A person who is not engaged in an unlawful activity and who is attacked in another place where he has a right to be, including, but not limited to, his place of business, has no duty to retreat and has the right to stand his ground and meet force with force, including deadly force, if he reasonably believes it is necessary to prevent death or great bodily injury to himself or another person or to prevent the commission of a violent crime as defined in Section 16-1-60.

When Someone Forces Entry into a Home or Vehicle

Section 16-11-440(A) says that, if a person is unlawfully and forcibly entering, or unlawfully and forcibly attempting to remove a person from a dwelling or occupied vehicle, there is a presumption that deadly force is justified:

(A) A person is presumed to have a reasonable fear of imminent peril of death or great bodily injury to himself or another person when using deadly force that is intended or likely to cause death or great bodily injury to another person if the person:

(1) against whom the deadly force is used is in the process of unlawfully and forcefully entering, or has unlawfully and forcibly entered a dwelling, residence, or occupied vehicle, or if he removes or is attempting to remove another person against his will from the dwelling, residence, or occupied vehicle; and

(2) who uses deadly force knows or has reason to believe that an unlawful and forcible entry or unlawful and forcible act is occurring or has occurred.

Criminal and Civil Immunity When the Act Applies

Another important aspect of SC’s stand your ground law is that the law grants criminal and civil immunity to any person who complies with the Protection of Persons and Property Act:

(A) A person who uses deadly force as permitted by the provisions of this article or another applicable provision of law is justified in using deadly force and is immune from criminal prosecution and civil action for the use of deadly force, unless the person against whom deadly force was used is a law enforcement officer acting in the performance of his official duties and he identifies himself in accordance with applicable law or the person using deadly force knows or reasonably should have known that the person is a law enforcement officer.

(B) A law enforcement agency may use standard procedures for investigating the use of deadly force as described in subsection (A), but the agency may not arrest the person for using deadly force unless probable cause exists that the deadly force used was unlawful.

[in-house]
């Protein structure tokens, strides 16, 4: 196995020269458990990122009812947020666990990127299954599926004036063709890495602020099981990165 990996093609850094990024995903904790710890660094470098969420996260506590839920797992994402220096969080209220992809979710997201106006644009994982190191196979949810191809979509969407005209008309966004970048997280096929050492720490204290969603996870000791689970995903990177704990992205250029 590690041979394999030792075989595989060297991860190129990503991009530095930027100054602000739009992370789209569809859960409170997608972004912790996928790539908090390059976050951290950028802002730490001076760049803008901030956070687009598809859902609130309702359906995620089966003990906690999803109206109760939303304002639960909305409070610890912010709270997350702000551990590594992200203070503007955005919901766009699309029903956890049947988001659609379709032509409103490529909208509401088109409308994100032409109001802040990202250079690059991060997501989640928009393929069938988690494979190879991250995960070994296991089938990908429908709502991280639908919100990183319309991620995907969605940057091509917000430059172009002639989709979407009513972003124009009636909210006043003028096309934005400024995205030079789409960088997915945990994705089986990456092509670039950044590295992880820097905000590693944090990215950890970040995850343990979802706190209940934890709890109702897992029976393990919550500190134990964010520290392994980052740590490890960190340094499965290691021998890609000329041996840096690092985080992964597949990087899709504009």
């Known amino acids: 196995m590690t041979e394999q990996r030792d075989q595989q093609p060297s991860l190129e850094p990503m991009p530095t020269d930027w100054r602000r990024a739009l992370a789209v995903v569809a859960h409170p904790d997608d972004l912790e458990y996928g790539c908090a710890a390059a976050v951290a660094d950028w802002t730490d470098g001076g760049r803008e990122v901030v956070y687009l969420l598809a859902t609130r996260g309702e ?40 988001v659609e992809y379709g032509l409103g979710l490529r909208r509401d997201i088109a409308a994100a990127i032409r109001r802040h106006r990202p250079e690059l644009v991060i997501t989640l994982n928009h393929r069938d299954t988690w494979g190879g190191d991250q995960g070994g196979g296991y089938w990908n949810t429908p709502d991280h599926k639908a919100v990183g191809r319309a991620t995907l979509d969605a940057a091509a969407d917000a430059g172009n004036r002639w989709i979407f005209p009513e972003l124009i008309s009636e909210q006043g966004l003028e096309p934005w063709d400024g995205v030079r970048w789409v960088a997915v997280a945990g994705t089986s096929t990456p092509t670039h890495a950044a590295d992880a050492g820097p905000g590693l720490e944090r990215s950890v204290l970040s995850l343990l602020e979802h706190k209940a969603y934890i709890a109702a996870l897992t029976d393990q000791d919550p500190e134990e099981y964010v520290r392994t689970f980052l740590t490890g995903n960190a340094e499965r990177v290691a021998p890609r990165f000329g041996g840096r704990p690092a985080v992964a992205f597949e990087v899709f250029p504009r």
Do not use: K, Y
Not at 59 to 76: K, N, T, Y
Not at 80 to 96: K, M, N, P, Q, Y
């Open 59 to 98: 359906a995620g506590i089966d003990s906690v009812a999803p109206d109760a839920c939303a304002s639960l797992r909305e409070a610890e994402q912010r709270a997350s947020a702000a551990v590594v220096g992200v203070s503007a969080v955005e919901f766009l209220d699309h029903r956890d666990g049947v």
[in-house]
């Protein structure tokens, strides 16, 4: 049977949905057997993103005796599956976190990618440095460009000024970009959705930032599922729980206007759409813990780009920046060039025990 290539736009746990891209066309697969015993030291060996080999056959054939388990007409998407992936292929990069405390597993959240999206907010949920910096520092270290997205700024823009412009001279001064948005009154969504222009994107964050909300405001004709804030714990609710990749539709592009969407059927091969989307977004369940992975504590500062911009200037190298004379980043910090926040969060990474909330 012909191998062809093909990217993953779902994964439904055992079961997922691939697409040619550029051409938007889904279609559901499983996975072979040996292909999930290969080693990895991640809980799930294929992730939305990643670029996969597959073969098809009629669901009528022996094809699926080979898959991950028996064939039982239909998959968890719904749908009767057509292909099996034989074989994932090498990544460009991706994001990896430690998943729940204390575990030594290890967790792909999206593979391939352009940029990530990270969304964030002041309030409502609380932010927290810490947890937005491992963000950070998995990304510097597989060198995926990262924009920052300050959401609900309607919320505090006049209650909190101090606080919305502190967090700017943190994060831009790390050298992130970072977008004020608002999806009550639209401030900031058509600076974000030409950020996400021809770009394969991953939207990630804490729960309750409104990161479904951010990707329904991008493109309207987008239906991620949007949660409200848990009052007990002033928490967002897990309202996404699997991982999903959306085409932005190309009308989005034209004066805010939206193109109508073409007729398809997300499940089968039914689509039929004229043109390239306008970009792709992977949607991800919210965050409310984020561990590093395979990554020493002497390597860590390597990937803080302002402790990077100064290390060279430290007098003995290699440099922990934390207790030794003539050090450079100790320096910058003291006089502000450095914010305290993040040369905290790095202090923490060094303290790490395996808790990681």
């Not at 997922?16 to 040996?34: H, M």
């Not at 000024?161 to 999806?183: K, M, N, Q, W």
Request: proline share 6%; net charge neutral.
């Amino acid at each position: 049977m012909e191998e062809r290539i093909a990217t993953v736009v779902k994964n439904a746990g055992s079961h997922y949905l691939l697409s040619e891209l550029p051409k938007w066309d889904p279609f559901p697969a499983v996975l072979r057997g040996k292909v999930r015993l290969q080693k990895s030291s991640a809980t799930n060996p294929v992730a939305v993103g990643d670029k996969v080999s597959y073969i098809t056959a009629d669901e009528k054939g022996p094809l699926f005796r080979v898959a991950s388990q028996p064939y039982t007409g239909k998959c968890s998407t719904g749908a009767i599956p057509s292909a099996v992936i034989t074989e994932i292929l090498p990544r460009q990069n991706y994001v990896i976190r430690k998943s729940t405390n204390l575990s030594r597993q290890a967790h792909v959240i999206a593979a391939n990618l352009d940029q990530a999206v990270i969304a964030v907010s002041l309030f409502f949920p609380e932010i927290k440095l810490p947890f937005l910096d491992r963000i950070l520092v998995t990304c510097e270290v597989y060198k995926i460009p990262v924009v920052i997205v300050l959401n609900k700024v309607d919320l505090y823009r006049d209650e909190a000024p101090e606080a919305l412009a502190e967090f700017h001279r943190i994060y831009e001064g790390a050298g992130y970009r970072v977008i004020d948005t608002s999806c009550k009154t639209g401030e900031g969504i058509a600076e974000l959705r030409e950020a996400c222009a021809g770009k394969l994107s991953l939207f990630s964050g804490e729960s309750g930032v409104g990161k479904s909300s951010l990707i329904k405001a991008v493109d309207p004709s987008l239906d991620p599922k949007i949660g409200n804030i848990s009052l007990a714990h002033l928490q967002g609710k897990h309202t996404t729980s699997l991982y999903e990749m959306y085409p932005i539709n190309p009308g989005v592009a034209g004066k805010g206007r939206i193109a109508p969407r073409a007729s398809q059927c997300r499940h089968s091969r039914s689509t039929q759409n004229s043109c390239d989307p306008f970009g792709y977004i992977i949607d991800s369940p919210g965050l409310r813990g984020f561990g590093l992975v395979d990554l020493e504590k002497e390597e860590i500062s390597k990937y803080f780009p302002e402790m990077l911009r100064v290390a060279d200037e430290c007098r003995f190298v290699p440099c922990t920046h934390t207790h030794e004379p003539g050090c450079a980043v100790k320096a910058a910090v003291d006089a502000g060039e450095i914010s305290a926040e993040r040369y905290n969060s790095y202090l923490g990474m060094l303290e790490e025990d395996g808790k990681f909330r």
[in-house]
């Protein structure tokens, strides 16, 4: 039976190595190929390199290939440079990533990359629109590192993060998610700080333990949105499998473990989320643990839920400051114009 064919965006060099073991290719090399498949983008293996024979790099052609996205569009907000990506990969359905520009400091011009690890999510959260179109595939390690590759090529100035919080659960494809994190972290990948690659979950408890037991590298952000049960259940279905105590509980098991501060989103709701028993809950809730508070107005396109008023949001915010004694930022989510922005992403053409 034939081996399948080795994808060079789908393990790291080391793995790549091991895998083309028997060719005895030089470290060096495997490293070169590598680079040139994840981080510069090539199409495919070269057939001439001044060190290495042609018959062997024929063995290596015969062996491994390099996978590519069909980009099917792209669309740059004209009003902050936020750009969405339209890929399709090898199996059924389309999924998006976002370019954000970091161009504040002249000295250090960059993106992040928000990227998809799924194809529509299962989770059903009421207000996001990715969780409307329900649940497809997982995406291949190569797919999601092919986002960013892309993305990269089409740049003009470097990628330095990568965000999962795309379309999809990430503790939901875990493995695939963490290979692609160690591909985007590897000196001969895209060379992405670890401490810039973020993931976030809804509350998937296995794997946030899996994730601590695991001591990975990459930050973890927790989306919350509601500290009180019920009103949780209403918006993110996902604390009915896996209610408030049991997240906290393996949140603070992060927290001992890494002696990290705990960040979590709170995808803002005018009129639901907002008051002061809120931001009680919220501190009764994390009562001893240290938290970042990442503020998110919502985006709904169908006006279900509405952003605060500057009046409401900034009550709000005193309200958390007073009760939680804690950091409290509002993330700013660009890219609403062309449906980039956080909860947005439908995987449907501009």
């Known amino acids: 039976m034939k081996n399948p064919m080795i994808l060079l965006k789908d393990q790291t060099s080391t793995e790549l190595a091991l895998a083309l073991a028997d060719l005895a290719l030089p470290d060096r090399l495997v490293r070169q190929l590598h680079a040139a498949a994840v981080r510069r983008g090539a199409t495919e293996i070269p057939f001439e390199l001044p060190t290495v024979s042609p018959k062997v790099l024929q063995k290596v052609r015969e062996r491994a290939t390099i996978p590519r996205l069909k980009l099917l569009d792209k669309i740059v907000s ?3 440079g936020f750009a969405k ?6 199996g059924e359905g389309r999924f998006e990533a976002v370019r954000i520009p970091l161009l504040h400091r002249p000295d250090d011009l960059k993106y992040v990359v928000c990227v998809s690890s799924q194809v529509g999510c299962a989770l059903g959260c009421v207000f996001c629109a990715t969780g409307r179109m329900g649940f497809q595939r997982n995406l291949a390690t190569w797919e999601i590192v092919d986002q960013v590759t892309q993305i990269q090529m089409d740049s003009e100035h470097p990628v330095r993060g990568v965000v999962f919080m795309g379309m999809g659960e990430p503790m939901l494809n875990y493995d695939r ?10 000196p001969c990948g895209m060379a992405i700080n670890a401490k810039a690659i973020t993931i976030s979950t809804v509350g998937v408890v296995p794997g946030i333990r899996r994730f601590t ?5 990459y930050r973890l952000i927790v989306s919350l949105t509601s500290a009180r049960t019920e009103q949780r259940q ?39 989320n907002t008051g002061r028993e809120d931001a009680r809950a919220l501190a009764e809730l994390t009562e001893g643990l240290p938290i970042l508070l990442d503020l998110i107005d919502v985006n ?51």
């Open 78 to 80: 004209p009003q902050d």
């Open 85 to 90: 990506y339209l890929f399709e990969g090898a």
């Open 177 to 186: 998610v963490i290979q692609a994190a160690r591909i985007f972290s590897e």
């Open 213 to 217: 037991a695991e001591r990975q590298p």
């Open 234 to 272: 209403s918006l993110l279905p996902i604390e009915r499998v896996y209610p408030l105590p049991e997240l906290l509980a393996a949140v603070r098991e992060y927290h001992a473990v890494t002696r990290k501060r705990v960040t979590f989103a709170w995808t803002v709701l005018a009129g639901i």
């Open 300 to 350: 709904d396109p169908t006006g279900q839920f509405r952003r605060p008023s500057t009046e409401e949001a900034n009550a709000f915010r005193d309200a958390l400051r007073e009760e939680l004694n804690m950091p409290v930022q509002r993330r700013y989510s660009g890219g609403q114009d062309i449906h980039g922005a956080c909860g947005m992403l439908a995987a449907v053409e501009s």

(C) The court shall award reasonable attorneys’ fees, court costs, compensation for loss of income, and all expenses incurred by the defendant in defense of a civil action brought by a plaintiff if the court finds that the defendant is immune from prosecution as provided in subsection (A).

This means that 1) you cannot be sued for damages if the attacker is injured, and 2) you cannot be forced to stand trial for murder or assault based on your actions.

In some cases, law enforcement officers will recognize that a situation falls under the Protection of Persons and Property Act, possibly consult with the on-call solicitor, and decide not to charge the person who was acting in self-defense.

In cases where law enforcement arrests and charges you anyway, SC’s appellate courts have held that you are entitled to a “stand your ground hearing” before your trial begins. Immunity means you should not be forced to stand trial, and, if the court is persuaded by the evidence that you were acting lawfully pursuant to SC’s stand your ground laws, your case should be dismissed.

Criminal Defense Lawyers in Columbia, SC, and Myrtle Beach, SC

The criminal defense attorneys at the Thompson & Hiller Defense Firm focus exclusively on criminal defense cases in SC. We have obtained dismissals, pre-trial diversion resulting in dismissals, or acquittals following trial in hundreds of criminal cases, and we have a record of proven results.

If you have been charged with a crime in SC or if you think you may be under investigation, call us now at 843-444-6122 or contact us through our website for a free initial consultation to find out if we can help.